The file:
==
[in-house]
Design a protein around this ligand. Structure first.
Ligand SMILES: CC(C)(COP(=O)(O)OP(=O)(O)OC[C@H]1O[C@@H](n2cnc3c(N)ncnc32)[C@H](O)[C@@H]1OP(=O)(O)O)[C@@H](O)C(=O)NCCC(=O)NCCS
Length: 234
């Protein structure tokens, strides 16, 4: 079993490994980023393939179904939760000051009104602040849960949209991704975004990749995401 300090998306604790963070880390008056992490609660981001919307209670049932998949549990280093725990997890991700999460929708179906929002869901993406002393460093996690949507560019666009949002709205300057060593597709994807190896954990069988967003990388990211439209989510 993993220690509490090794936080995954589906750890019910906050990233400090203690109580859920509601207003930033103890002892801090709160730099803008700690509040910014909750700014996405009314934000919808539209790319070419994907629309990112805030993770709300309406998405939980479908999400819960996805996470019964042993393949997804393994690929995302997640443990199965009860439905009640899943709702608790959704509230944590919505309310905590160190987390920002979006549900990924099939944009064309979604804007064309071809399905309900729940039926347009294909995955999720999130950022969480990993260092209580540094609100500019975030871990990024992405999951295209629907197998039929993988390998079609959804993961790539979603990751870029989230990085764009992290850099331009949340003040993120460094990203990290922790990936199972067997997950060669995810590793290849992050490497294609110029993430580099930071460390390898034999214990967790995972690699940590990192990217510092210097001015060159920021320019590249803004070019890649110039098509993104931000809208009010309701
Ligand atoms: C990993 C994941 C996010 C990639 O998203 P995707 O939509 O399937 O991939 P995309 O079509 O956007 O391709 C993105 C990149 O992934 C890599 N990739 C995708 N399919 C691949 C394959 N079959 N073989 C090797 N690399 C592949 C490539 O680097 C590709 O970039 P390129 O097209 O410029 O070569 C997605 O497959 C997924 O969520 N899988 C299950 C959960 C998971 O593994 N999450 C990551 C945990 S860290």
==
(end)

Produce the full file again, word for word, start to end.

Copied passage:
[in-house]
Design a protein around this ligand. Structure first.
Ligand SMILES: CC(C)(COP(=O)(O)OP(=O)(O)OC[C@H]1O[C@@H](n2cnc3c(N)ncnc32)[C@H](O)[C@@H]1OP(=O)(O)O)[C@@H](O)C(=O)NCCC(=O)NCCS
Length: 234
């Protein structure tokens, strides 16, 4: 079993490994980023393939179904939760000051009104602040849960949209991704975004990749995401 300090998306604790963070880390008056992490609660981001919307209670049932998949549990280093725990997890991700999460929708179906929002869901993406002393460093996690949507560019666009949002709205300057060593597709994807190896954990069988967003990388990211439209989510 993993220690509490090794936080995954589906750890019910906050990233400090203690109580859920509601207003930033103890002892801090709160730099803008700690509040910014909750700014996405009314934000919808539209790319070419994907629309990112805030993770709300309406998405939980479908999400819960996805996470019964042993393949997804393994690929995302997640443990199965009860439905009640899943709702608790959704509230944590919505309310905590160190987390920002979006549900990924099939944009064309979604804007064309071809399905309900729940039926347009294909995955999720999130950022969480990993260092209580540094609100500019975030871990990024992405999951295209629907197998039929993988390998079609959804993961790539979603990751870029989230990085764009992290850099331009949340003040993120460094990203990290922790990936199972067997997950060669995810590793290849992050490497294609110029993430580099930071460390390898034999214990967790995972690699940590990192990217510092210097001015060159920021320019590249803004070019890649110039098509993104931000809208009010309701
Ligand atoms: C990993 C994941 C996010 C990639 O998203 P995707 O939509 O399937 O991939 P995309 O079509 O956007 O391709 C993105 C990149 O992934 C890599 N990739 C995708 N399919 C691949 C394959 N079959 N073989 C090797 N690399 C592949 C490539 O680097 C590709 O970039 P390129 O097209 O410029 O070569 C997605 O497959 C997924 O969520 N899988 C299950 C959960 C998971 O593994 N999450 C990551 C945990 S860290």